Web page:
To learn more about the Hui’s Solo Artist Exhibition and read about past artists, refer to our past entries: Artist Announcement & Artist Interview.

The 2010 Solo Artist Exhibition will be open Monday through Saturday from 10 am – 4 pm in the Hui’s main hose September 24th - November 10th, 2010.

Eli Baxter

Jaisy Hanlon

Hui & Kamali'i: Partners in Arts Education

Over the course of the last year, representatives from both Hui No‘eau and Kamali‘i Elementary have worked together closely to develop and implement strategies for integrating the visual arts into Kamali‘i’s core curriculum, a public school in Kihei that until now had no formalized arts programming.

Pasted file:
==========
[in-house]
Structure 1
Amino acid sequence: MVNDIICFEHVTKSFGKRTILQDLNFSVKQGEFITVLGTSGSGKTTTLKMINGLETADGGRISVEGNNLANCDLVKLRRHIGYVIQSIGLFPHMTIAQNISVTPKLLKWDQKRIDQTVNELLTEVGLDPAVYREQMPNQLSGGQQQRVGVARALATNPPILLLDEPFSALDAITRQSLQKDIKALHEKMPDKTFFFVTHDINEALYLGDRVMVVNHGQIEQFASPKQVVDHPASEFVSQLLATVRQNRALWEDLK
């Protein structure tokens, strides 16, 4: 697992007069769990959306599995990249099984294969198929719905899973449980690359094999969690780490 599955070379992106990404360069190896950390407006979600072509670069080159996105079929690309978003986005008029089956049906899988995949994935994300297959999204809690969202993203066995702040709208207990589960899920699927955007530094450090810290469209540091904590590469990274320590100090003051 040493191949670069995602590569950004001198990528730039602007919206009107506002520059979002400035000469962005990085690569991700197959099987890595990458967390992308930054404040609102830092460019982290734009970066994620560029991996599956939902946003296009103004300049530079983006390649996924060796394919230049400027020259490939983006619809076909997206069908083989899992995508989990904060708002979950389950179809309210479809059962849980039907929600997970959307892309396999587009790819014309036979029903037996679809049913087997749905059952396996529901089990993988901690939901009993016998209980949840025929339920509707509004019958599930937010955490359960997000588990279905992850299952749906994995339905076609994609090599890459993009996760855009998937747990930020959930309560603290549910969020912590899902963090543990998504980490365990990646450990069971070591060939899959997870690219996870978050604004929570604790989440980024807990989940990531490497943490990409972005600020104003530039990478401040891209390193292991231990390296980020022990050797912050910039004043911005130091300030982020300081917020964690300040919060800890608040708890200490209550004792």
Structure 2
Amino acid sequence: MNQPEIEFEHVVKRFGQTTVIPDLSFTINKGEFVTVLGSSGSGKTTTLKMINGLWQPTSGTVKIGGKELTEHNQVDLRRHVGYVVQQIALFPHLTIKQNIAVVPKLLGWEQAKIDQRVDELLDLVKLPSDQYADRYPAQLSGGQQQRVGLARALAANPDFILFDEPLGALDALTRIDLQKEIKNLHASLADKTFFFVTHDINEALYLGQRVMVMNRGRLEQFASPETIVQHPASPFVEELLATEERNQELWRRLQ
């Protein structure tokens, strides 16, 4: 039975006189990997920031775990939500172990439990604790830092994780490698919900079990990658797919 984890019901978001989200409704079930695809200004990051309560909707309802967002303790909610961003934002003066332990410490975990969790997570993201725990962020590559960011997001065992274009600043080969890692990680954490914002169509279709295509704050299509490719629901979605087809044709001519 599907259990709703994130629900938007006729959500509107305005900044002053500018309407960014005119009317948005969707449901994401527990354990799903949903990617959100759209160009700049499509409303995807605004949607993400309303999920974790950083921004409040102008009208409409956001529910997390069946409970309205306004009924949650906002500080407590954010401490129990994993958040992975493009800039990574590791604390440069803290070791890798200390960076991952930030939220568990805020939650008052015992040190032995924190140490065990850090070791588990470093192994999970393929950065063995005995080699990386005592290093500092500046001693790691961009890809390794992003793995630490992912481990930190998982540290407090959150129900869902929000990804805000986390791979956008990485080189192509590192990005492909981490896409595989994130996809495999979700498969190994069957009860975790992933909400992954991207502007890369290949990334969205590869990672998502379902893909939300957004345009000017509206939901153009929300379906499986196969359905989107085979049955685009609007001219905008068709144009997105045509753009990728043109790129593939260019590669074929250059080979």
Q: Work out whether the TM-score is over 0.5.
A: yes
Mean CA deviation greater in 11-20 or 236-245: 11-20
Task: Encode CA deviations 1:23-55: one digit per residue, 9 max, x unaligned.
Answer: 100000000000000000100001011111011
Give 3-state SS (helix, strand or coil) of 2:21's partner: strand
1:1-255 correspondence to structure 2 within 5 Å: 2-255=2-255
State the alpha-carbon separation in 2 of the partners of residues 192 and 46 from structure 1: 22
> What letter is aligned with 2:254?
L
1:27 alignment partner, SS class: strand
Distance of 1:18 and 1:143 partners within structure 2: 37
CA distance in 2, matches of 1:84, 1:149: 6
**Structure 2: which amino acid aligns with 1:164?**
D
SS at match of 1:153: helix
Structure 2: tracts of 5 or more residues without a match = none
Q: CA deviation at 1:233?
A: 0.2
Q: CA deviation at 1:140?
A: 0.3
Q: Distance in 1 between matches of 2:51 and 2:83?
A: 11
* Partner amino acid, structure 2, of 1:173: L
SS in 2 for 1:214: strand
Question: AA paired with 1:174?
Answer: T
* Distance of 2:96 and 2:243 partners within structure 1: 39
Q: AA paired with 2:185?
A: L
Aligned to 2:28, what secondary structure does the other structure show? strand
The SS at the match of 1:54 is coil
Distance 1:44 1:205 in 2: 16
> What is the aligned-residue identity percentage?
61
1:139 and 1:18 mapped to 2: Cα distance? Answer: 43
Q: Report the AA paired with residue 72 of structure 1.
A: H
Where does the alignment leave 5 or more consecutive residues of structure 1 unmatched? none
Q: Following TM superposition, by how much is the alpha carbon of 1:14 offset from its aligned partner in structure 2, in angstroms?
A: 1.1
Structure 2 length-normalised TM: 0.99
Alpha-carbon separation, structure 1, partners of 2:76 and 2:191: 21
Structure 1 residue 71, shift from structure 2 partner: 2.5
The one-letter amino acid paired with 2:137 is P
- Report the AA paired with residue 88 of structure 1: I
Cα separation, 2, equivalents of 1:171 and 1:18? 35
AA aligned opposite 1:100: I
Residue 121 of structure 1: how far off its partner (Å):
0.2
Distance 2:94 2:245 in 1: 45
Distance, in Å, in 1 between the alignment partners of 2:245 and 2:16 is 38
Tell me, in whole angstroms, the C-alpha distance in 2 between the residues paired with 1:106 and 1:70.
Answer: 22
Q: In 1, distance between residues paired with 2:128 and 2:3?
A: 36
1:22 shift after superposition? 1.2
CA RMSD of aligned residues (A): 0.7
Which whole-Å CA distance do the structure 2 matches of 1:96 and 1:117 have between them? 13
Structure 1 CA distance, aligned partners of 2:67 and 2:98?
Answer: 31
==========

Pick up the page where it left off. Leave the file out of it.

A planning committee comprised of Kamali‘i Principal Mary Auvil, community development & grants volunteer Yvonne Biegel, Susan Erickson of the Parent Community Networking Center, Hui Children’s Program Coordinator Kelly McHugh and Hui Executive Director Caroline Killhour developed a pilot program last spring that would use the visual arts as a catalyst for learning history and science lessons currently being taught in 2nd grade classrooms. The resulting 10-session program engaged 50 second-grade students and 2 classroom teachers in an age-appropriate, sequential based arts curriculum integrating the visual arts into subjects of life cycles and anthropology. “My students absolutely loved the program,” remarked Kamali‘i classroom teacher Debi Clapper, “I look forward to working with the Hui on a larger scale. The teaching artist was amazing!”